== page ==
A close second is a tie between knowing your audience and writing skills. It is crucial for a station to relate to its audience on an emotional level, and you can’t do that if you don’t know what makes them tick. Even if you do know what makes them tick but can’t convey that emotion on the air, it doesn’t do you any good. That’s where writing comes in. By writing I don’t necessarily mean scripting words for your station voice to read, although that is important. Maybe a better word than “writing” would be “concepting.” It is important that the station voice doesn’t carry the entire load of the imaging; it needs to be broken up by other voices and sounds. Hook/beat-mix promos/sweeps are a good way to do that. Listener audio is another good way, but you can’t script what the listeners are to say; you need the ability to ask leading questions that get them to say what you want in their own words so it sounds natural and not scripted. Another good way to vary the voices and sounds to give the station voice a rest is to create a character. I’ve worked at two stations, one in a small market and the other in a large market, where the janitorial crew was used on the air in promos and became huge personalities. In one case the cleaning lady was actually doing paid appearances.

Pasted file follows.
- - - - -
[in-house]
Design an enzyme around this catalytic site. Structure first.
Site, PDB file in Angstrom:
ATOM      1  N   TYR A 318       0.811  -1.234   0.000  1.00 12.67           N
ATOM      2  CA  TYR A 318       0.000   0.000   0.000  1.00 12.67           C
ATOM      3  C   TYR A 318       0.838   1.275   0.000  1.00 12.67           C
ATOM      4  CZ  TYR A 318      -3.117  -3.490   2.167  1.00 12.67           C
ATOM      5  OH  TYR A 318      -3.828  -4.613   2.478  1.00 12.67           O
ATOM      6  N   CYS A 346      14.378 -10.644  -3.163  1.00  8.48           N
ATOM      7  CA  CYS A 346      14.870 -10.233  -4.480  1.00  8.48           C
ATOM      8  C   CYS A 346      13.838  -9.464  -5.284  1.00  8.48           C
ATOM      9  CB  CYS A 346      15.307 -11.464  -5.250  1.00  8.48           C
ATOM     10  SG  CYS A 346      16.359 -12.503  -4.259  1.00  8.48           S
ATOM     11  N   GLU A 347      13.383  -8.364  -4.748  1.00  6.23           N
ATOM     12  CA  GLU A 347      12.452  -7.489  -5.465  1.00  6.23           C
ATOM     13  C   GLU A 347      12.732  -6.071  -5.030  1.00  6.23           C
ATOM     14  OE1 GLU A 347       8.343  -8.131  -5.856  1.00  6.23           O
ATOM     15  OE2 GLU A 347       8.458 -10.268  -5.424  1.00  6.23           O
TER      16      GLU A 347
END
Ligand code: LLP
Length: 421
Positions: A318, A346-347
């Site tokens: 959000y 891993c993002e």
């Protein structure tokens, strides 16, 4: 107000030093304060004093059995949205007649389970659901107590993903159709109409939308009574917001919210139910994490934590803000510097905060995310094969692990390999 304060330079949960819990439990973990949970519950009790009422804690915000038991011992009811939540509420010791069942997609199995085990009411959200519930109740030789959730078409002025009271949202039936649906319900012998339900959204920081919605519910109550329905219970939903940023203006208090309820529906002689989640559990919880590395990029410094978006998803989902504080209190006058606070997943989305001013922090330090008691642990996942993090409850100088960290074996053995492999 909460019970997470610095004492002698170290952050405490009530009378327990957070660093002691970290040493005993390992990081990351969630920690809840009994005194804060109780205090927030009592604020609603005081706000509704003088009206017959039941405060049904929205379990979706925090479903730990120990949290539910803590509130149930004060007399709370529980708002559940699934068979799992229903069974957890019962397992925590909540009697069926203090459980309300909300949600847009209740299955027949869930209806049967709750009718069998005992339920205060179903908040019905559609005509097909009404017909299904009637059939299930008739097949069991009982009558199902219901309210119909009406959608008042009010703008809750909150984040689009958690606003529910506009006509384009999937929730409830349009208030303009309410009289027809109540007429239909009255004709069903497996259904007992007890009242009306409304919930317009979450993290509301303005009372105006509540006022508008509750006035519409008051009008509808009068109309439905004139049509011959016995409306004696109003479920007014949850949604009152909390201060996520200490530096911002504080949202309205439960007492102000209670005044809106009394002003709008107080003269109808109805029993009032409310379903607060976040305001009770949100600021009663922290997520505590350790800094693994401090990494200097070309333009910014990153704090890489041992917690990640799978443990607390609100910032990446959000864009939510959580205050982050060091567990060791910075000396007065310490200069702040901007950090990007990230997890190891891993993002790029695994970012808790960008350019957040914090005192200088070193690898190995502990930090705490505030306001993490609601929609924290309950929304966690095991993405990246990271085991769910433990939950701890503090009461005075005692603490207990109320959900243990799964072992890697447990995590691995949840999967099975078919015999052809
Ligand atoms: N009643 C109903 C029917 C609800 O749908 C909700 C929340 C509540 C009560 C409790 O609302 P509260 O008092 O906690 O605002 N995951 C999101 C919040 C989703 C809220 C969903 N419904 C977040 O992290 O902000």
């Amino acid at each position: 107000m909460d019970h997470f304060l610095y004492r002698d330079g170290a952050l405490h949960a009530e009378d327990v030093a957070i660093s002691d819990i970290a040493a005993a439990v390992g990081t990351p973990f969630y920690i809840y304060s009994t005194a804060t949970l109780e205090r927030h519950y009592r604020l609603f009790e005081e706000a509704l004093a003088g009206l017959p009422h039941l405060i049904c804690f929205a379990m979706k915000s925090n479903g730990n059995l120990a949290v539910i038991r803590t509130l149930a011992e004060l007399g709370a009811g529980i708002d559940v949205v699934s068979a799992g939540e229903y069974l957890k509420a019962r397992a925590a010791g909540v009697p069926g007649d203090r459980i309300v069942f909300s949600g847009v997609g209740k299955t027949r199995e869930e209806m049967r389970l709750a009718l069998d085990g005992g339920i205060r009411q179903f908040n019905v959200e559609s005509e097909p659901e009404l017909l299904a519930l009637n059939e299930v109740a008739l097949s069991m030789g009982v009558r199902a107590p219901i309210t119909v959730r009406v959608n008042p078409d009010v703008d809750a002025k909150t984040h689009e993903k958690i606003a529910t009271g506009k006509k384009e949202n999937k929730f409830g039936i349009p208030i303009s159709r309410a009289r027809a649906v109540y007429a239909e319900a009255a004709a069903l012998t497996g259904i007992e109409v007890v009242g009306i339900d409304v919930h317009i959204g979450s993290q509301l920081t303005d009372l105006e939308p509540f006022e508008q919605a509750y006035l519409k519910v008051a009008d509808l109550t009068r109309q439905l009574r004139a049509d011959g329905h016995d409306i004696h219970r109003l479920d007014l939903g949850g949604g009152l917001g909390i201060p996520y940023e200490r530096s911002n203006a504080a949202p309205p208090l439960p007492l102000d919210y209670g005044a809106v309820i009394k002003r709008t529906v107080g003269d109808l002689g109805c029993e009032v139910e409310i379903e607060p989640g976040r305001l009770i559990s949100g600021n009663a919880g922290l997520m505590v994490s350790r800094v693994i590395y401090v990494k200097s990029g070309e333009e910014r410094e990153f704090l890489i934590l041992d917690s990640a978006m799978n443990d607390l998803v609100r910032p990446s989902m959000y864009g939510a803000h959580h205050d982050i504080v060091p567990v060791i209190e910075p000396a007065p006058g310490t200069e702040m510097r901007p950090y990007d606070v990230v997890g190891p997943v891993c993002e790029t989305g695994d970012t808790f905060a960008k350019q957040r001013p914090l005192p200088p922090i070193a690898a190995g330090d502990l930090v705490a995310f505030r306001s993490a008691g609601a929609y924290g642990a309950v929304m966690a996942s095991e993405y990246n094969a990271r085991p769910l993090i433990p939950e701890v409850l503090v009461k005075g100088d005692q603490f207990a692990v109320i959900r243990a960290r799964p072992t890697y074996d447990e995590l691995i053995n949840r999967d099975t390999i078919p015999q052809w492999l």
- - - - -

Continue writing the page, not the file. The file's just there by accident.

These are the basic skills needed for imaging. If you don’t have this foundation, knowing all the tricks of the DAW and use of all the latest plugins won’t do you any good. But if you have mastered those skills on top of the foundation I’ve laid, out you can rule the world!

Al Peterson, National Production Director, Radio America Network, Washington DC: My only advice is to not produce something that you think would impress other production directors. Your station and your listeners come first.

You'd be surprised...

Jay Helmus, Audio Engineer, Jay Helmus & Zippy Zappy Productions, Vancouver, BC: Time management would be a huge one. But also a musical ear. A sense of timing, energy, rhythm, tempo and flow are all tools in the world of imaging. You have to use them all to create a certain "feeling" you want the listener to be feeling. You don't have to play an instrument or be a musician per say, but you probably need to have a good feel for music.